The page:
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Jiang Shi

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Jiang Shi (simplified Chinese: 僵尸; traditional Chinese: 僵屍 or; pinyin: jiāngshī;
literally "stiff corpse" or "zombie") are reanimated corpses that hop around, killing
living creatures to absorb life essence (气/氣 qì) from their victims. Jiāngshī is
pronounced gœngsi in Cantonese, or kyonshi in Japanese. They are said to be created
when a person's soul (魄 pò) fails to leave the deceased's body, due to improper death,
suicide, or just wanting to cause trouble.[1][2]

Generally their appearance can range from plain ordinary (as in the case of a recently
deceased person) to downright horrifying (i.e. rotting flesh, stiffness, rigor mortis, the
like commonly associated with corpses that have been in a state of decay over a period of
time). A peculiar feature is their greenish-white furry skin; one theory is this is derived
from fungus or mold growing on corpses. They are said to have long white hair all over
their heads[3] and they may be animals.[4] The influence of Western vampire stories
brought the blood-sucking aspect to the Chinese myth in more modern times.

A supposed source of the jiang shi stories came from the folk practice of "Traveling a
Corpse over a Thousand Li" (千里行屍), where traveling companions or family members
who could not afford wagons or had very little money would hire Taoist priests to
transport corpses of their friends/family members who died far away from home over
long distances by teaching them to hop on their own feet back to their hometown for
proper burial. Taoist priests would transport the corpses only at night and would ring
bells to notify other pedestrians of their presence because it was considered bad luck for a
living person to set eyes upon a jiang shi. This practice (湘西趕屍) was popular in
Xiangxi where many people left their hometown to work elsewhere.[5][6] After they died,
their corpses were transported back to their rural hometown using long bamboo rods,
believing they would be homesick if buried somewhere unfamiliar. When the bamboo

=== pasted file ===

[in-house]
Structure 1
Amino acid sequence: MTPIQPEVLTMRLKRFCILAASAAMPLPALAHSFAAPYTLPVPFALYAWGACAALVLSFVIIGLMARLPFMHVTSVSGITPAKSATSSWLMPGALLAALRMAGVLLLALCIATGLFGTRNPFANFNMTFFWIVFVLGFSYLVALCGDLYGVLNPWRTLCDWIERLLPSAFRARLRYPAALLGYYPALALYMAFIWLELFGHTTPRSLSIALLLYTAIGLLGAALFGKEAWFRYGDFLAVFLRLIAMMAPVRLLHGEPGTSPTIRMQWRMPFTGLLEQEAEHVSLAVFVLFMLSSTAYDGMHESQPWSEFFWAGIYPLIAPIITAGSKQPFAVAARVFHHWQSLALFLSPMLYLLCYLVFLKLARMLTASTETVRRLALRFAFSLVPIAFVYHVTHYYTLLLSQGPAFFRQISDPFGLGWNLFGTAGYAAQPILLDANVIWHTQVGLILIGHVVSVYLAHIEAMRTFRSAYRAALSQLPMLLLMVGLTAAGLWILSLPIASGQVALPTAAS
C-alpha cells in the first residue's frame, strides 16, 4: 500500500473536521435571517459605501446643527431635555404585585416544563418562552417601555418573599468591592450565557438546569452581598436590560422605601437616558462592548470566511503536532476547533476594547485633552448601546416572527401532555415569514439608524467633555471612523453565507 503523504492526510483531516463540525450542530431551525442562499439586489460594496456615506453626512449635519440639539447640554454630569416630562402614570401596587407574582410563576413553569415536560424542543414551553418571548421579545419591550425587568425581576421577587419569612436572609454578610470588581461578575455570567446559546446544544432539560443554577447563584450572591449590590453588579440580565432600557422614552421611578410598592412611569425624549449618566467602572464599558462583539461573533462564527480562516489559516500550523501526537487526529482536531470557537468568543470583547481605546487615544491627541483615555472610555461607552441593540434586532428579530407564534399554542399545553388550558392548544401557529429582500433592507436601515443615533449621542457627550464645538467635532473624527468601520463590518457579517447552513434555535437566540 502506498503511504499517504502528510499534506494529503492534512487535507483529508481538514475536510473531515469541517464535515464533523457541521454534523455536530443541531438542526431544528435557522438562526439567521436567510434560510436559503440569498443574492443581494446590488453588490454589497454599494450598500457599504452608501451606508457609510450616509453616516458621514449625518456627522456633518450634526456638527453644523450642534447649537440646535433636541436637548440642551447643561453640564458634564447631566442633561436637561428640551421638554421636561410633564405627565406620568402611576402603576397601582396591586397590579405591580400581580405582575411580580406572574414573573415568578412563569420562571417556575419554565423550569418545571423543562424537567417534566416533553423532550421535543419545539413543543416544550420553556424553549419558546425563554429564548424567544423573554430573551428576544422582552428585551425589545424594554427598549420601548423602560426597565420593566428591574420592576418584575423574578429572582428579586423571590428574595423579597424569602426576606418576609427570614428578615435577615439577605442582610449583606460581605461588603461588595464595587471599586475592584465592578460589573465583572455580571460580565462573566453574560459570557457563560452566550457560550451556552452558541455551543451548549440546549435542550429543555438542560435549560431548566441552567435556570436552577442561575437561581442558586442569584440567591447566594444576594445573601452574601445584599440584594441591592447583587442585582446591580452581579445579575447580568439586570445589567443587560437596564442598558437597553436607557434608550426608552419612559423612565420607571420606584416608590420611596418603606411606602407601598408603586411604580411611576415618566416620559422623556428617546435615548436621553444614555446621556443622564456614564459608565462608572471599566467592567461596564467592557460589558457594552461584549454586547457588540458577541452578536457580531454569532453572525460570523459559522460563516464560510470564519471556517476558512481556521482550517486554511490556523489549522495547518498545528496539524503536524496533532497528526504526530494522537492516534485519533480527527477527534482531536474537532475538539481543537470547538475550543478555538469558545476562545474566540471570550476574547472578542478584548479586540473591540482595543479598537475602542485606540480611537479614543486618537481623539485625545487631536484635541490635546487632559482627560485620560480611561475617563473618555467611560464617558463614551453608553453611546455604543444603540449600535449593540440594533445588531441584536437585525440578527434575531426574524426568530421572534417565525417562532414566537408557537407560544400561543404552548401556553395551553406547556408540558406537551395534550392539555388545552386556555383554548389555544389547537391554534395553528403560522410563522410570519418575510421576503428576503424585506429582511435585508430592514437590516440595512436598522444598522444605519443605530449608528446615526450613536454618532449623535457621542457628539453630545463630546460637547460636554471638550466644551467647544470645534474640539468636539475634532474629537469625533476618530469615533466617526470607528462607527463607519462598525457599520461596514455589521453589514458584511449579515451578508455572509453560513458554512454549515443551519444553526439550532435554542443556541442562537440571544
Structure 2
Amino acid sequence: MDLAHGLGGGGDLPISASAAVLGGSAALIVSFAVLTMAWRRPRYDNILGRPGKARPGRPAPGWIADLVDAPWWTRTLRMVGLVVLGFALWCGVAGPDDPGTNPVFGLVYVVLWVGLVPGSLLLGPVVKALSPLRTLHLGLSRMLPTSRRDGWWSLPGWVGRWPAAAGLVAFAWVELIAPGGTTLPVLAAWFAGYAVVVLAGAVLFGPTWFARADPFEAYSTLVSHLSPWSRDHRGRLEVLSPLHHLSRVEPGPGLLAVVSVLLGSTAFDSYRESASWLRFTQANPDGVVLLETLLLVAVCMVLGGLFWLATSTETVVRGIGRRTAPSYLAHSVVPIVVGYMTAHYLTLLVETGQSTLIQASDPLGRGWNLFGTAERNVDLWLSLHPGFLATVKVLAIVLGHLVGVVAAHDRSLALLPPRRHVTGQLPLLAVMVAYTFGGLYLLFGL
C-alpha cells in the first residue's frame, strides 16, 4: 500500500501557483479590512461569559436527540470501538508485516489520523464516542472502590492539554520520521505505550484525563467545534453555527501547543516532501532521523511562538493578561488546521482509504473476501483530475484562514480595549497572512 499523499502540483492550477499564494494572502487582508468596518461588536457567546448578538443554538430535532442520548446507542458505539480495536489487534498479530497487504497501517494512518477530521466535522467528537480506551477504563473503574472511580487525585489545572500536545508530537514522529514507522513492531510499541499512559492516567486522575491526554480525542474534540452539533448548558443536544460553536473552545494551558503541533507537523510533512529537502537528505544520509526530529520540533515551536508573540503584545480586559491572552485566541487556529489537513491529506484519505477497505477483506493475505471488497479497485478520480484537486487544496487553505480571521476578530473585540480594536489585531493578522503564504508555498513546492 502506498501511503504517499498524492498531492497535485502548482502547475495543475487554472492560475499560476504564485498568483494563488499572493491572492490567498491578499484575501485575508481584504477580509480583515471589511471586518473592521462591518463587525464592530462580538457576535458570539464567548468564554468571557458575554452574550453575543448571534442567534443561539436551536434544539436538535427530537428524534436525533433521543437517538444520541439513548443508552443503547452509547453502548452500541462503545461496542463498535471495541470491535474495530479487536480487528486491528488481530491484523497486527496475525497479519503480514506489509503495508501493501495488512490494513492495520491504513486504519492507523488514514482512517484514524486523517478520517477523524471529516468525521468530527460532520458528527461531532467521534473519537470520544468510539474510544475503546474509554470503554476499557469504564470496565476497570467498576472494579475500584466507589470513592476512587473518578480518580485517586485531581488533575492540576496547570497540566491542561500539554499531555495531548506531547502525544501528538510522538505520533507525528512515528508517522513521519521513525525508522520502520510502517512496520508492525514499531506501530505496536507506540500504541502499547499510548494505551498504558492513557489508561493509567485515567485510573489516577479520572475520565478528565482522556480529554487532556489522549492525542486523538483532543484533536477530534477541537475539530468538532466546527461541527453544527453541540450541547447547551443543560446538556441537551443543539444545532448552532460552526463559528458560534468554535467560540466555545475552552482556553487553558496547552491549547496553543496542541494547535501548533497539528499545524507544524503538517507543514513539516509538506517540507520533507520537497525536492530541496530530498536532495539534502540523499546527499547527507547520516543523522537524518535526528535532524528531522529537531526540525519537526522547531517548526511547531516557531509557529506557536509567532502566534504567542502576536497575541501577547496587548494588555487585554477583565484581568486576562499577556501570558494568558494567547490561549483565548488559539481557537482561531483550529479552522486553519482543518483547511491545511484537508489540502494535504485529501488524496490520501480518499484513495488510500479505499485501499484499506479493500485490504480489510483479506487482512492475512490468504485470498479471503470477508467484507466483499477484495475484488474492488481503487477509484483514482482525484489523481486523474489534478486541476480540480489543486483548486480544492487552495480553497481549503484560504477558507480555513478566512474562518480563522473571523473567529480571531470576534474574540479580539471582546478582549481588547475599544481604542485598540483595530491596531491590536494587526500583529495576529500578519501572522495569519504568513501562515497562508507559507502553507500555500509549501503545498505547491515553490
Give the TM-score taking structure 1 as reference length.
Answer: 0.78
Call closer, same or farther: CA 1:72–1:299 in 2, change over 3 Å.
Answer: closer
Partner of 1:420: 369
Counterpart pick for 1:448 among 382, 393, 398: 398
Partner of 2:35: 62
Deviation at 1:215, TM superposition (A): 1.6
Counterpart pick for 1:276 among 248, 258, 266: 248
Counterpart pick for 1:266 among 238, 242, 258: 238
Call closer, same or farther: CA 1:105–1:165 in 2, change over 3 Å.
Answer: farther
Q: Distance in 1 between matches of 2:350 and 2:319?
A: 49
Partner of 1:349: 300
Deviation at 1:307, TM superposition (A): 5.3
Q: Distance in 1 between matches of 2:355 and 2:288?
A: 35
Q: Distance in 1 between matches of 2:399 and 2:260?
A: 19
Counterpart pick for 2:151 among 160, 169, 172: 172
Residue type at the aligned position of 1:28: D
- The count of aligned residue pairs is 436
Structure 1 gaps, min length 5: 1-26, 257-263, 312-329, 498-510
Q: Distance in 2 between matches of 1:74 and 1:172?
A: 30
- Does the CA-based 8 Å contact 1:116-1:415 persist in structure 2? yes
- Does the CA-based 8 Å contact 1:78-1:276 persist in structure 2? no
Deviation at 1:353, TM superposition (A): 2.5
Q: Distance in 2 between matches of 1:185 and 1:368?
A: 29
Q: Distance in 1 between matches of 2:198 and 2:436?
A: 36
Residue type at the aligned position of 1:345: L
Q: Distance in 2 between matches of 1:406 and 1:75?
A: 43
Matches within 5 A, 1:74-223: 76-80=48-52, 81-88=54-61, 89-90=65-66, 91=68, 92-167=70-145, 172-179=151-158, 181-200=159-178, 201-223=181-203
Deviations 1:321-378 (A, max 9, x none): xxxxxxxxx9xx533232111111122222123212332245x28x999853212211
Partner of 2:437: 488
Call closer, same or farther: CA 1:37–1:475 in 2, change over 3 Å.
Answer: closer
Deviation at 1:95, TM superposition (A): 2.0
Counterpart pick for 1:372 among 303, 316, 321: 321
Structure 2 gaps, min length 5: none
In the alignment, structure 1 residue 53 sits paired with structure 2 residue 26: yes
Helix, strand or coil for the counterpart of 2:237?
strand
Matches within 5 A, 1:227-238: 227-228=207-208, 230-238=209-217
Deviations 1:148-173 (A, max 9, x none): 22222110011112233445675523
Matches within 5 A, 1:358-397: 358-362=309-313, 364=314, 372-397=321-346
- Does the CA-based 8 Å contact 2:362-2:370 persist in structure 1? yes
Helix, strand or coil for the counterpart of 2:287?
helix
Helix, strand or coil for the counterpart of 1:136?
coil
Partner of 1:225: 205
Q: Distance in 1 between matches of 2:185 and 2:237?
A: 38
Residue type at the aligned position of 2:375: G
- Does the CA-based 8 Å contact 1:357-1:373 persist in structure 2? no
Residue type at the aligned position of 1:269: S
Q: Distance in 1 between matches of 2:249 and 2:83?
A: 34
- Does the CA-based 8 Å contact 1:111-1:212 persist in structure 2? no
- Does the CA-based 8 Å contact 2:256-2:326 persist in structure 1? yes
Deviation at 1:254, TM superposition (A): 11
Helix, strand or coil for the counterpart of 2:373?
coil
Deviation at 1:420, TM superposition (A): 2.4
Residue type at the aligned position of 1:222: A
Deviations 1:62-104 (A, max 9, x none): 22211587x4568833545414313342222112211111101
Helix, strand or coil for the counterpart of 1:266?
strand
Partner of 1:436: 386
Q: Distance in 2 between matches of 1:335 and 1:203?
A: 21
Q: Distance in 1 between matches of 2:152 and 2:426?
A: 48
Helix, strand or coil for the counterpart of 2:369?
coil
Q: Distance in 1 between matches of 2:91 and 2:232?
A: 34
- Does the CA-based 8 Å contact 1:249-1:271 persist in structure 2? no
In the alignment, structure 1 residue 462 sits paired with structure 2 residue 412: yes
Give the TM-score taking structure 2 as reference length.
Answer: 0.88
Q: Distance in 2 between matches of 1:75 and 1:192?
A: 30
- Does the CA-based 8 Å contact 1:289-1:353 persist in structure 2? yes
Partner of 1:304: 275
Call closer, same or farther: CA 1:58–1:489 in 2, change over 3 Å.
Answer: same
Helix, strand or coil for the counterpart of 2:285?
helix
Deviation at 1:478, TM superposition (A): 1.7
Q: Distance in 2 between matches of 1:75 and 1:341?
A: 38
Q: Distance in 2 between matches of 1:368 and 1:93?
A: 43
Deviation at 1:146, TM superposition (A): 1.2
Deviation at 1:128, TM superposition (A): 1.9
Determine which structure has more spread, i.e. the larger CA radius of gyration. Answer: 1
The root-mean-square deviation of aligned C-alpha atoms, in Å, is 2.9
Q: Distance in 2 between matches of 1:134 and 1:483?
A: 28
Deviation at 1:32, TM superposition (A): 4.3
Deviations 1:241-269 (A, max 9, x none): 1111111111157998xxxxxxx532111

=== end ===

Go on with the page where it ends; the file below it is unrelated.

flexed up and down, the corpses appeared to be hopping in unison from a distance. [7][8][9]
Once it was a myth.[10] Some people speculate that the stories about jiang shi was
originally made up by smugglers who disguised their illegal activities as corpse
transportation and wanted to scare off law enforcement officers.[11]

There may be victims of premature burial.[12]

They are sometimes called Chinese vampires by Westerners, despite the fact that unlike
vampires, most jiang shi usually have no self-awareness, consciousness or independent
thought, so they are also called Chinese zombies

[edit] Jiang shi in film

Jiang shi became a popular subject in Hong Kong films during the 1980s, primarily due
to the films of Sammo Hung, including Encounters of the Spooky Kind (1980) and Mr.
Vampire (1985). Some movies even featured both jiang shi and Western zombies. A
Jiang Shi is a main character in the 1991 comedy The Gods Must Be Crazy III.

In the movies, jiang shi can be put to sleep by putting a piece of yellow paper with a spell
written on it on their foreheads (Chinese talisman or 符, pinyin: fú). Generally in the
movies the jiang shi are dressed in imperial Qing Dynasty clothes, their arms
permanently outstretched due to rigor mortis. Like those depicted in Western movies,
they tend to appear with outrageously long tongues and long razor sharp black
fingernails. They can be evaded by holding one's breath, as they track living creatures by
detecting their breathing.[13] They are blind, and lack knowledge.

Because it usually takes decades for a unattended resentful corpse to become a Jiang Shi,
they are usually depicted wearing attire identified with the previous dynasty. Their
modern visual depiction as horrific Qing Dynasty imperial officials may have been
derived by the anti-Manchu sentiment of the Han majority during the Qing Dynasty
period, who were viewed as bloodthirsty creatures with little regard for humanity.

A Jiang Shi also appeared in Jackie Chan Adventures, in Season 2 Episode 35.

It is also the conventional wisdom of feng shui in Chinese architecture that a threshold
(simplified Chinese: 门槛; traditional Chinese: 門檻; pinyin: ménkàn), a piece of wood
approximately 15 cm (6 in) high, be installed along the width of the door at the bottom to
prevent a jiang shi from entering the household.[14] Sticky rice is believed to draw the evil
spirit of the jiang shi out.[citation needed] In the film Mr. Vampire, only sticky rice works, and
mixing it with regular rice diminishes its effectiveness. Furthermore, the glutinous rice
must be in its uncooked form for it to be effective. Other items used to repel jiang shi in
films include chicken's eggs (whereas duck's eggs are ineffective), and the blood of a
black dog.[15]